Fear of rejection. It’s something that plagues even the most confident among us from time to time, and it could be what’s holding you back from taking the leap toward refinancing existing student loans. That said, if you’re doing well financially and diligently working to pay down your student loan debt, you’re probably a pretty good candidate for refinancing. Think about it – you were able to take out student loans as a high school graduate, probably with little or no income or credit history.
Now you’re a responsible and gainfully-employed adult. You have a steady income and money to spare each month. By making loan payments on time and in full, you’re building your credit – increasing your score and creating a favorable history that puts the minds of lenders at ease. Steady income and a solid credit score are what lenders want to see, and if you have both, you have little to fear. Naturally, some lenders weight certain criteria more heavily, but even if you’re not the perfect candidate in the eyes of the first lender you approach, it doesn’t mean you’re out of luck.
Even if you get rejected, it’s not a hard no – you can always try again and you’ve probably learned a lot that will lead to success the next time you try to refi. What can you do if a lender turns you down?
- Get the 411 – Why were you rejected? Whether you’re still working toward that top tier credit score, you didn’t realize how your car loan impacted your debt-to-income ratio, or you’re on your way to a promotion and raise that will bump your income, knowing which factors held you up with lenders can give you the data you need to make changes and refi down the road, sooner rather than later.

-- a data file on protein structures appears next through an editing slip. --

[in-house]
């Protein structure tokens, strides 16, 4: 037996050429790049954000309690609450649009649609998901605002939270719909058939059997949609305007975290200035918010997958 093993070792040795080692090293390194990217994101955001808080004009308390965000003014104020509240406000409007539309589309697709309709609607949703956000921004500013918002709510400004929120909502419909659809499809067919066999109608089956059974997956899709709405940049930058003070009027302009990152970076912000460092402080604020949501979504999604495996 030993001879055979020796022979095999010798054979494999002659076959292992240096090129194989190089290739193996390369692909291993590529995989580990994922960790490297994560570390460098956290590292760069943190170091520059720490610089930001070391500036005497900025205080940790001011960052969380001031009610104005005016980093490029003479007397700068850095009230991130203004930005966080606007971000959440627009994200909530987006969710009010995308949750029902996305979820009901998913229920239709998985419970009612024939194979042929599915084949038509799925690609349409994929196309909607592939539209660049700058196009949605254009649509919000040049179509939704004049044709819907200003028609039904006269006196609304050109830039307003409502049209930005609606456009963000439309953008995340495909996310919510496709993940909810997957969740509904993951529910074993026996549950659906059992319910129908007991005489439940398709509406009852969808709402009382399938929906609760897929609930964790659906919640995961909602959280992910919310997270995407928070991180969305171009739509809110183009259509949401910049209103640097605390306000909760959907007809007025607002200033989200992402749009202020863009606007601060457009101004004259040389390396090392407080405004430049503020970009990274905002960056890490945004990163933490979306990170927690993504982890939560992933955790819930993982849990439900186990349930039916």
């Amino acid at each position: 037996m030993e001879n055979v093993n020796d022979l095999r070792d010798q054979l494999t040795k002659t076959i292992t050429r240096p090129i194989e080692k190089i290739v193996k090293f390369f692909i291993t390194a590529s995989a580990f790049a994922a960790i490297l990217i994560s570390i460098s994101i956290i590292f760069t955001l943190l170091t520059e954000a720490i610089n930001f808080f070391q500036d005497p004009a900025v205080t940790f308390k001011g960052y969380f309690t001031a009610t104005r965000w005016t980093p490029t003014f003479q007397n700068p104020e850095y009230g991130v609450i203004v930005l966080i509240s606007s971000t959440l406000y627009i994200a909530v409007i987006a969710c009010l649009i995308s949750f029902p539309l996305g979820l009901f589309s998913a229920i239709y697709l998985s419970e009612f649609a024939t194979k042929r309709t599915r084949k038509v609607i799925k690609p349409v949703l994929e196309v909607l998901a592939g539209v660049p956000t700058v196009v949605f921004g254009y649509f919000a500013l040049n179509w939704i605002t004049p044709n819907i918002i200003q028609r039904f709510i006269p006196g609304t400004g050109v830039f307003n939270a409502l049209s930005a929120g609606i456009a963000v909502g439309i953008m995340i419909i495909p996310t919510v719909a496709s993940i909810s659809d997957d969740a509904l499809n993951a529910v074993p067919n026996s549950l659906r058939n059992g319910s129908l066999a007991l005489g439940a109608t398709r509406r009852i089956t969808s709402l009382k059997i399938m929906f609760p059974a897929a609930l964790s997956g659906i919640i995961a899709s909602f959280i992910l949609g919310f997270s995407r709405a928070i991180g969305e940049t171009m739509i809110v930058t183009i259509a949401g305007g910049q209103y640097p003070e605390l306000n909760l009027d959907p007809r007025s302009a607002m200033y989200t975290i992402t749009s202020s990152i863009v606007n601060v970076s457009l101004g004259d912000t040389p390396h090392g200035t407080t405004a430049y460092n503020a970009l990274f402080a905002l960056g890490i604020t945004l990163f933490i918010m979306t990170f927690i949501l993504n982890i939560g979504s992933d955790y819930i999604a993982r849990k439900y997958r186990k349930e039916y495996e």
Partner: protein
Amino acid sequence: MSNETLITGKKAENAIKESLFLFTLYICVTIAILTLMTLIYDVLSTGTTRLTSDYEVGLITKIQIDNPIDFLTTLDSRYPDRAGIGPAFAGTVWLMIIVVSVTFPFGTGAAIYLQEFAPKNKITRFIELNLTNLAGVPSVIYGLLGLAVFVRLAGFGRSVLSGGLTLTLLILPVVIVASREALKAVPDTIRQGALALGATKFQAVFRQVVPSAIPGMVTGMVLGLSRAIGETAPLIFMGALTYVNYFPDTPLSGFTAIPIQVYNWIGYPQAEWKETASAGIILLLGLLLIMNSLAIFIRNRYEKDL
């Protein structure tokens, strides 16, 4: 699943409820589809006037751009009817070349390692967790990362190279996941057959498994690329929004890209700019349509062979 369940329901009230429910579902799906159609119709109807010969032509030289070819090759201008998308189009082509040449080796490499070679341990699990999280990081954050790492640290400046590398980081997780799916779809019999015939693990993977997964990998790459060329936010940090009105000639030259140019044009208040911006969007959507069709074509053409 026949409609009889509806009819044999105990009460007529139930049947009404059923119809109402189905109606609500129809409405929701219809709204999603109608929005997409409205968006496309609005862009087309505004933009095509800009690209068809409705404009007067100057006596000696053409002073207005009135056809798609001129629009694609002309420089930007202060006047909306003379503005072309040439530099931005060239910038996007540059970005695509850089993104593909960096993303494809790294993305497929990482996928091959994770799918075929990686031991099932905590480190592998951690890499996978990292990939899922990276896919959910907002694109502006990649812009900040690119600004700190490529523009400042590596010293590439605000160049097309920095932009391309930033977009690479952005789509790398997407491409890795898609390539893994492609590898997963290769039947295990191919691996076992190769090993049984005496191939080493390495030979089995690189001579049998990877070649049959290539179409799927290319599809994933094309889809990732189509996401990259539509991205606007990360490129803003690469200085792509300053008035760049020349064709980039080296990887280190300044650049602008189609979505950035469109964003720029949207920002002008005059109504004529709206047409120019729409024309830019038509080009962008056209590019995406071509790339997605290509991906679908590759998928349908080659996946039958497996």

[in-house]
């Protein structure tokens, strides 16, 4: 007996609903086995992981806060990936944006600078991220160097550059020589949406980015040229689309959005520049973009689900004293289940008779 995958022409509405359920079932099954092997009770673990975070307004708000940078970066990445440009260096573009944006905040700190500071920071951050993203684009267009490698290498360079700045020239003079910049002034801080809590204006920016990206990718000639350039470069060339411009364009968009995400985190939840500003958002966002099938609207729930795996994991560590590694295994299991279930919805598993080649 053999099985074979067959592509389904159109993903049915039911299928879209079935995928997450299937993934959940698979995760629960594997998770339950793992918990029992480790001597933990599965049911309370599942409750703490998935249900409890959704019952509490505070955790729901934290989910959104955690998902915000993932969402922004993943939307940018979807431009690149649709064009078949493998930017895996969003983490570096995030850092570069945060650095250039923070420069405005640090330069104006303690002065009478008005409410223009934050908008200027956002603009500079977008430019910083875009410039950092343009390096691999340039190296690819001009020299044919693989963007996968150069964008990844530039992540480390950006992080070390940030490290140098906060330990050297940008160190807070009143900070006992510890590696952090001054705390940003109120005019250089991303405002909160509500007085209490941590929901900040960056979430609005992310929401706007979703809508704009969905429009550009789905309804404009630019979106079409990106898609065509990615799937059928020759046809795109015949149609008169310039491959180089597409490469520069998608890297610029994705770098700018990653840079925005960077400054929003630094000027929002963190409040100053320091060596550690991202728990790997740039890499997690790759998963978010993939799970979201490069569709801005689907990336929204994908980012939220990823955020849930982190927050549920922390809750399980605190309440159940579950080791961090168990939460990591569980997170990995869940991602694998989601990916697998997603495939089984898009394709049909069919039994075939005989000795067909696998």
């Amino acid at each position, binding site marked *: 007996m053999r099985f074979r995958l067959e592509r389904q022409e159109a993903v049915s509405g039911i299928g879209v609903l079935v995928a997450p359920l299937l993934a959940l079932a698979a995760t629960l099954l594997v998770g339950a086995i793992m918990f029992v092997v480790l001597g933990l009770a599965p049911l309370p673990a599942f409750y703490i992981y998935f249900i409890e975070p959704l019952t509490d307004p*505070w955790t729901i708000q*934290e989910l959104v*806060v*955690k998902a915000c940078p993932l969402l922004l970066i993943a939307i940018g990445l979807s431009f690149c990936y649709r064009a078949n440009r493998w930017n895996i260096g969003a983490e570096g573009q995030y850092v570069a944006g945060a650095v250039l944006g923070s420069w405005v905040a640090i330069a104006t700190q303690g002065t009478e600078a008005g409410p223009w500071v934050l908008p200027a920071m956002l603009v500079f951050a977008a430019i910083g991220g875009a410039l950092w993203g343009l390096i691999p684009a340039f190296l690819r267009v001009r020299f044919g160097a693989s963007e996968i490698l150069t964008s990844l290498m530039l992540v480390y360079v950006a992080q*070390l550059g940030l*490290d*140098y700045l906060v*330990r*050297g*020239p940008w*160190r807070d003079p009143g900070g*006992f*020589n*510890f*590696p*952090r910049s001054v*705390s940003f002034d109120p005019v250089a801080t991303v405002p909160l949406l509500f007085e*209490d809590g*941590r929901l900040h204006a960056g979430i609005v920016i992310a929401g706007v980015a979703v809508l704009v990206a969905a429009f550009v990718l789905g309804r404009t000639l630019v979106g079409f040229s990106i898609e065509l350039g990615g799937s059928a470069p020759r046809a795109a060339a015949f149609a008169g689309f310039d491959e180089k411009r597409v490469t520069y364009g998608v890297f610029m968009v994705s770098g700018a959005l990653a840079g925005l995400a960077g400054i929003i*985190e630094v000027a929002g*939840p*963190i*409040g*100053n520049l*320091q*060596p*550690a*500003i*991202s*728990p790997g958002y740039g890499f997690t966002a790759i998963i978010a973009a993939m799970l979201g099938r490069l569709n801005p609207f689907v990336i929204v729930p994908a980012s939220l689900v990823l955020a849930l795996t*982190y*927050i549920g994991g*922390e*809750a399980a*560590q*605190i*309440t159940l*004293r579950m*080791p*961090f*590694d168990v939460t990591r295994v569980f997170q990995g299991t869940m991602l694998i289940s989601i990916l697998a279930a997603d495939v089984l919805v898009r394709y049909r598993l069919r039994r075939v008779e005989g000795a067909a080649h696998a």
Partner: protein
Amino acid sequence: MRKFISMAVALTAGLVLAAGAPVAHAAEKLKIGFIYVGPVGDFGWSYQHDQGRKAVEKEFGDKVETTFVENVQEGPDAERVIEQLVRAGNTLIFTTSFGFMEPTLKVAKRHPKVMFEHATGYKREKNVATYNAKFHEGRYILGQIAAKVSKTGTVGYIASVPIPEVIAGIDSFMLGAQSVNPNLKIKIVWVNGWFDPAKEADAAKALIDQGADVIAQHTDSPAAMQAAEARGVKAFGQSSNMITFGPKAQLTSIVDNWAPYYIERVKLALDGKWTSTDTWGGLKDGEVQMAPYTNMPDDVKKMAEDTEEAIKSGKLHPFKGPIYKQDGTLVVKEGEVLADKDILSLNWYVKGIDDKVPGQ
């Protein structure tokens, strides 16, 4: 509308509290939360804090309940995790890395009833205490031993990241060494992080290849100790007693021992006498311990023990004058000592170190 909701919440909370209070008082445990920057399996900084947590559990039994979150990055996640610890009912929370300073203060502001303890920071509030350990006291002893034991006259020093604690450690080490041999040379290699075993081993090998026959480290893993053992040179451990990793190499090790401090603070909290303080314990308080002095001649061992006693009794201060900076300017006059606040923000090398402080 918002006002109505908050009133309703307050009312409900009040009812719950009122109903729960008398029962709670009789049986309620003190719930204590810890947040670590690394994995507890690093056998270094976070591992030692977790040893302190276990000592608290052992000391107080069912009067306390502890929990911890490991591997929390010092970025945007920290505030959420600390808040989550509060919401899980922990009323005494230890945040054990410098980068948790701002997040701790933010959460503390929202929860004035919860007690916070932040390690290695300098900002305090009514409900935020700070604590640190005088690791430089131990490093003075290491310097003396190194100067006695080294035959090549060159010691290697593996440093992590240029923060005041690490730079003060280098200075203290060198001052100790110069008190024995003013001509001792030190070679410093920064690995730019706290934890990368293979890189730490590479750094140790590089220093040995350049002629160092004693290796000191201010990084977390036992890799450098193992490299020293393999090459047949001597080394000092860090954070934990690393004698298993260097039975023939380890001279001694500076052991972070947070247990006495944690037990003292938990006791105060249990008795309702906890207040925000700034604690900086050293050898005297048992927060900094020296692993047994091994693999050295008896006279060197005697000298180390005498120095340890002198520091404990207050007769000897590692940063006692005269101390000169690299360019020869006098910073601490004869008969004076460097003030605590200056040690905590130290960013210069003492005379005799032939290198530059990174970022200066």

- Comparison Shop – If you needed avocados for your toast, would you give up when the first grocery store you went to didn’t have them? No. You’d head down the road to Trader Joe’s or Whole Foods. As a consumer, you have many options, and you need to explore them to find the best deals. This applies to seeking refinancing, as well as avocados.
- Get a Leg Up – Asking mom and dad for help is not a desirable proposition, but successful adulting sometimes involves knowing when to bite the bullet and ask for help, especially if it means taking advantage of limited opportunities. Interest rates are on the rise, with the prime going up again this year, to 4.25% in June. If you want to lock in the lowest rate for refinancing, you can’t afford to wait. Having a parent or other family member co-sign so you can get the best rates might be the most responsible thing you can do for your financial future.
The prospect of refinancing student loans may give some graduates pause due to the unfamiliar situation and the fear of rejection, but it’s best approached from the stance of benefits to be gained. If you take the time to research options, choose a preferred lender, and get all your ducks in a row, there’s no reason you can’t take advantage of low rates before they go up again. Overcoming fear is a big part of becoming a responsible adult, and the rewards could be a lot bigger than the risks. Now is the time to see what a lender like Education Loan Finance can do for you.